Note: This review is from the 2016 Fringe

At first it is hard to know what to make of Lucy McCormick’s new show, Triple Threat: it is a show that insists on being itself in much the same way as a rash does. As the show starts, it comes over as being like so much self-indulgent trash, and as it ends it continues to feel like so much self-indulgent trash. But if self-indulgent trash is your thing, then this is certainly the show to see: McCormick makes it almost an art form. Indeed, it does remind one of some sort of ‘happening’ more than anything else.

McCormick is actually a great performer and very easily draws the audience into her camp and messy world of food smeared bodies, penetrated orifices, irreverent biblical retellings, and other high-energy, partially-clothed jinks. It is clear very early on that the audience who stay (some do leave) are up for anything—McCormick has them round her little finger—and really, the final crowd surf only just wets their need to participate as fully as possible. It’s amazing that she gets out of the venue alive, as it is patently not enough for anybody.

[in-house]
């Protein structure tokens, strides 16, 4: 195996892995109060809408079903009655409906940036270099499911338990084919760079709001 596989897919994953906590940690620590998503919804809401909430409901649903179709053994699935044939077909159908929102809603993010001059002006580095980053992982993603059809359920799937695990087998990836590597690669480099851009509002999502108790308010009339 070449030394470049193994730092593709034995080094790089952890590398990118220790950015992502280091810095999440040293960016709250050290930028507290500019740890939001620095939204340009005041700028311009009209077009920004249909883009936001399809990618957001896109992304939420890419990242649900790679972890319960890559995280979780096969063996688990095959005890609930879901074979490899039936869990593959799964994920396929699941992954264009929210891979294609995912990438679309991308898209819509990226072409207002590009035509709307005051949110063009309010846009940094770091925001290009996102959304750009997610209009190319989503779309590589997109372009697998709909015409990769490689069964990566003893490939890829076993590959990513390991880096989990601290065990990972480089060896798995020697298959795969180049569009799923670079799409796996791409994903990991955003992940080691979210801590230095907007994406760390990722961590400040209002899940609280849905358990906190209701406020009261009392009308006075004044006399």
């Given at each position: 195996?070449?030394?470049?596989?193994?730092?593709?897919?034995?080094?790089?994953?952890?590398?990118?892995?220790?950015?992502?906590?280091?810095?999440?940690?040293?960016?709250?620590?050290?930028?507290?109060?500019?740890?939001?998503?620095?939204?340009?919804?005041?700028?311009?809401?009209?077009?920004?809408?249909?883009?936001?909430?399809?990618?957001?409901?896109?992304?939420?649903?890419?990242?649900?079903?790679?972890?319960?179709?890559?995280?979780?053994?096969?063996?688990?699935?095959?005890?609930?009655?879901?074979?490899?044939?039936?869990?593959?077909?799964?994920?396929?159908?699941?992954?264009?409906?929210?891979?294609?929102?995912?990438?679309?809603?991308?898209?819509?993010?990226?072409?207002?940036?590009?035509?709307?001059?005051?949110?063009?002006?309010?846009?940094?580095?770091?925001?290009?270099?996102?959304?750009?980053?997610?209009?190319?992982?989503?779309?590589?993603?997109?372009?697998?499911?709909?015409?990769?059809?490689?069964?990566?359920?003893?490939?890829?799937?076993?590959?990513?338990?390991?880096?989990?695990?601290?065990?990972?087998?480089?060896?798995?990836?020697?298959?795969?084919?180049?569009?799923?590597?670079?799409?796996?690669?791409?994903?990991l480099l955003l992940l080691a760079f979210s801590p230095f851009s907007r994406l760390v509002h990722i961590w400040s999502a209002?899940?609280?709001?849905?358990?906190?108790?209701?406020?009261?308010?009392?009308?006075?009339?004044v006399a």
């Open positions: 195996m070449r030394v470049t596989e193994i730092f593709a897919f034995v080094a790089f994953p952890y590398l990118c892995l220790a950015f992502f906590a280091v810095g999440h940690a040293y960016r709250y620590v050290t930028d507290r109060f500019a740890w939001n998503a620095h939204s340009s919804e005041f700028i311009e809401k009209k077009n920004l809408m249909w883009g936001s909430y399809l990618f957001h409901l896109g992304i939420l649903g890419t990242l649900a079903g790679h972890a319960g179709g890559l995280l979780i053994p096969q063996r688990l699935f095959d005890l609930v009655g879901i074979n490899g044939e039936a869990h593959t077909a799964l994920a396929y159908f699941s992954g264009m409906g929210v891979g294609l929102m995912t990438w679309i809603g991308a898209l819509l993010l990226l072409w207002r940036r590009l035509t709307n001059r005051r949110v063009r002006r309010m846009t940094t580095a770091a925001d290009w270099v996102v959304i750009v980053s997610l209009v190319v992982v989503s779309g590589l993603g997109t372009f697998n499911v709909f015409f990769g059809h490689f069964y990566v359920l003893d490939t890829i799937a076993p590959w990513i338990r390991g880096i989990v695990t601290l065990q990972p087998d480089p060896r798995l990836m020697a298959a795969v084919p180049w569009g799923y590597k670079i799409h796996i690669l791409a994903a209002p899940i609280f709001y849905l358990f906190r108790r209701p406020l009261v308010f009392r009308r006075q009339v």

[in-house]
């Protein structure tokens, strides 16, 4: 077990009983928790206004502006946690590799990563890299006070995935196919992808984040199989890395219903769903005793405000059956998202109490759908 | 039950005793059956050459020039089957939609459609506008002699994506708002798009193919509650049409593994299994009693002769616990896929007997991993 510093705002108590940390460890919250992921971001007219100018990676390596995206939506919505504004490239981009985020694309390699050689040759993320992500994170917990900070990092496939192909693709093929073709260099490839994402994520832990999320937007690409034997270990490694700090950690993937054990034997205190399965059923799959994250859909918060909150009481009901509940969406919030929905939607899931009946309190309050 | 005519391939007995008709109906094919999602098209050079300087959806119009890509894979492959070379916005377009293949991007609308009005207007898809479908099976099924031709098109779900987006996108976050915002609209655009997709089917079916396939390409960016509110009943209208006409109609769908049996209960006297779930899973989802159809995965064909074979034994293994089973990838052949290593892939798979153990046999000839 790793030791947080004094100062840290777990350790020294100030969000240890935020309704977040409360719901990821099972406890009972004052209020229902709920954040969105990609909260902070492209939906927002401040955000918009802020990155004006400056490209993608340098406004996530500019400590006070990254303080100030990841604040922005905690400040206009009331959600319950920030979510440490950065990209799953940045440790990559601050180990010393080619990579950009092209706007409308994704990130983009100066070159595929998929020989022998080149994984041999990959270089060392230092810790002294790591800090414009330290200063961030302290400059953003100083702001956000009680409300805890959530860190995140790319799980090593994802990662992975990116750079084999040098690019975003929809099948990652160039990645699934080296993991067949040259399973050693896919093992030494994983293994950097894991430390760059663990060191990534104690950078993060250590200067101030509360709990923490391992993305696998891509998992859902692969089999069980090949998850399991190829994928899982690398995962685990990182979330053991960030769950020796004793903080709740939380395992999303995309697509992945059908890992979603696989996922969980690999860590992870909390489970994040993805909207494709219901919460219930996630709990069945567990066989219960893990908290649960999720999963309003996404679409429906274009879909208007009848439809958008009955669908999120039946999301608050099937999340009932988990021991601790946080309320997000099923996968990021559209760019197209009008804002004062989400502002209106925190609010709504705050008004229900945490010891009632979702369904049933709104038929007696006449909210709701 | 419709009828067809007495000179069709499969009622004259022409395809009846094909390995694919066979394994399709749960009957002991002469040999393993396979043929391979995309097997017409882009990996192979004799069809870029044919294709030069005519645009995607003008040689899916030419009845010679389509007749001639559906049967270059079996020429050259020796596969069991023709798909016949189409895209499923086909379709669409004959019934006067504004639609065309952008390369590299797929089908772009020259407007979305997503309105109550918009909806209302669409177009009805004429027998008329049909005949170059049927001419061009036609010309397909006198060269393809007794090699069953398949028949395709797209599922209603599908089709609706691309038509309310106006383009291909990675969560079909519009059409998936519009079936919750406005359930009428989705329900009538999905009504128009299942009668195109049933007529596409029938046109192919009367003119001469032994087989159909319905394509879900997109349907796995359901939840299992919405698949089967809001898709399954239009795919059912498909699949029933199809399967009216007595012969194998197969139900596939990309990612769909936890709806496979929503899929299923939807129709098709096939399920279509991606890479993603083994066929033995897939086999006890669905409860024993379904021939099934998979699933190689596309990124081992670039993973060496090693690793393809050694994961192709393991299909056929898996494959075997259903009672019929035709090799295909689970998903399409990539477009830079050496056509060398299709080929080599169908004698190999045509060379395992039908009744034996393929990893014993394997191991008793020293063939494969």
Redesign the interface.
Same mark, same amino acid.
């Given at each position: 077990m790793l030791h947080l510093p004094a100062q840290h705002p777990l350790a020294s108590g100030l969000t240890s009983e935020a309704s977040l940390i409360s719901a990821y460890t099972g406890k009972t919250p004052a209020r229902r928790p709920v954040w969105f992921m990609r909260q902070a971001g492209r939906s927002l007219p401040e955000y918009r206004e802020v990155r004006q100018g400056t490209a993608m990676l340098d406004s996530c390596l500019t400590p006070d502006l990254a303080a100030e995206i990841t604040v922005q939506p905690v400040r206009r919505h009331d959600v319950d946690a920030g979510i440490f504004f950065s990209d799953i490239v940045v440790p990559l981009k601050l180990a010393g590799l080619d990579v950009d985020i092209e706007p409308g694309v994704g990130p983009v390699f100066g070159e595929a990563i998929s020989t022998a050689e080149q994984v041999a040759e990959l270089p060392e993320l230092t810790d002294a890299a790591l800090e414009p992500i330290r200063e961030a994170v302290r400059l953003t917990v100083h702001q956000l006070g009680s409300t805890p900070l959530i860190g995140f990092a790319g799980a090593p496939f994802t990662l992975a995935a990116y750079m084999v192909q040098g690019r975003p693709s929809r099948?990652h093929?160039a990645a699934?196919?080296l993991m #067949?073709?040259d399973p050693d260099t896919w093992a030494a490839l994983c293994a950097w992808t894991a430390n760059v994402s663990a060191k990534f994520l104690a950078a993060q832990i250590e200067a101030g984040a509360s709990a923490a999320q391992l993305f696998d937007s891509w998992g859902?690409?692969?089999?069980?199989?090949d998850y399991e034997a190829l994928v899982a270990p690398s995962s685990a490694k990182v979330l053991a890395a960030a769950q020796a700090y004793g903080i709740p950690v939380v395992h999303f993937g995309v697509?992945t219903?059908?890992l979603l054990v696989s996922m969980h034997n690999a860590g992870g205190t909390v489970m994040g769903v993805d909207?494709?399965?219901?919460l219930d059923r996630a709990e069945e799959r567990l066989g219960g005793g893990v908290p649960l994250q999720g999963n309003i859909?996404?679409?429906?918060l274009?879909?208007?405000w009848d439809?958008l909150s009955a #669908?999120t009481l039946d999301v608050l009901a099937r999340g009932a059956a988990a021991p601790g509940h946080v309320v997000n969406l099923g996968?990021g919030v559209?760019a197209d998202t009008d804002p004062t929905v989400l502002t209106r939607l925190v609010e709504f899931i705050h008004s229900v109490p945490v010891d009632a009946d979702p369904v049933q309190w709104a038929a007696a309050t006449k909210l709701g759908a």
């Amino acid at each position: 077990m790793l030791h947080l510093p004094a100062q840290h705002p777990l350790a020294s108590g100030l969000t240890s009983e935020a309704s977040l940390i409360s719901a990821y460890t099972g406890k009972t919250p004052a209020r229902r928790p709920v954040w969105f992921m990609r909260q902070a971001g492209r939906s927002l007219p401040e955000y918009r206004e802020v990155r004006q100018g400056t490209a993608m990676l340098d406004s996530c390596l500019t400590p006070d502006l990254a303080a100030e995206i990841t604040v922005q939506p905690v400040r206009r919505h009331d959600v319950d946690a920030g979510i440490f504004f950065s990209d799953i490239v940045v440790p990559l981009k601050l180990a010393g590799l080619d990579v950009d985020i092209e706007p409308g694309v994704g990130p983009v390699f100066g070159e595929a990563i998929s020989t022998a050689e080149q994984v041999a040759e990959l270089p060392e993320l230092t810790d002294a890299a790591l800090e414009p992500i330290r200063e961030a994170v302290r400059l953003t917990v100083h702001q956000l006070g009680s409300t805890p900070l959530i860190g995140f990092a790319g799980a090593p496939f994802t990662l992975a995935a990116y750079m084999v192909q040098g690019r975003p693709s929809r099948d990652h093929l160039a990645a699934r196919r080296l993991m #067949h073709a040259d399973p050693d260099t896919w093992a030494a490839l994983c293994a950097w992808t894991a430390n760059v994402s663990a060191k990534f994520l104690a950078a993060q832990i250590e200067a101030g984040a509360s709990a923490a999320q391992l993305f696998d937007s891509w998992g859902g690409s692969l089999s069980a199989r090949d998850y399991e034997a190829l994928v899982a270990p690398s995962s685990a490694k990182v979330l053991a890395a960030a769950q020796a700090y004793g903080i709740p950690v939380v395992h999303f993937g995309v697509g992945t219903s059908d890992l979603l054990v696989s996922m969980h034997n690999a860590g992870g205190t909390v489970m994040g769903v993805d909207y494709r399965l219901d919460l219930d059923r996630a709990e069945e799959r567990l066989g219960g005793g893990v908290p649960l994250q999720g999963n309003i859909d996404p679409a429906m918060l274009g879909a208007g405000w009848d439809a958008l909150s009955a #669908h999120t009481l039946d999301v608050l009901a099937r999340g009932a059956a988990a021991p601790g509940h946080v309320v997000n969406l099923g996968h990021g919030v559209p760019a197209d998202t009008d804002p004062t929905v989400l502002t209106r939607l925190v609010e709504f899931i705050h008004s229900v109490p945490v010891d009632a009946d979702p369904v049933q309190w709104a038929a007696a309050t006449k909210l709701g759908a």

Watching the show is like having a type of therapy—all that is missing is a clock that’s five minutes fast and a box of Kleenex; it is a vicarious letting go and a strangely liberating experience. The show may be purposely inappropriate, verging on the depraved and downright blasphemous, but at the same time it is unexpectedly inclusive and indeed rather joyful.

The post-party comedown is surprisingly difficult to endure. Afterwards, the outside world seems drabber, colder and more fully-clothed. The aroma of Gold Blend, however, lingers on the hands for far longer than one might expect.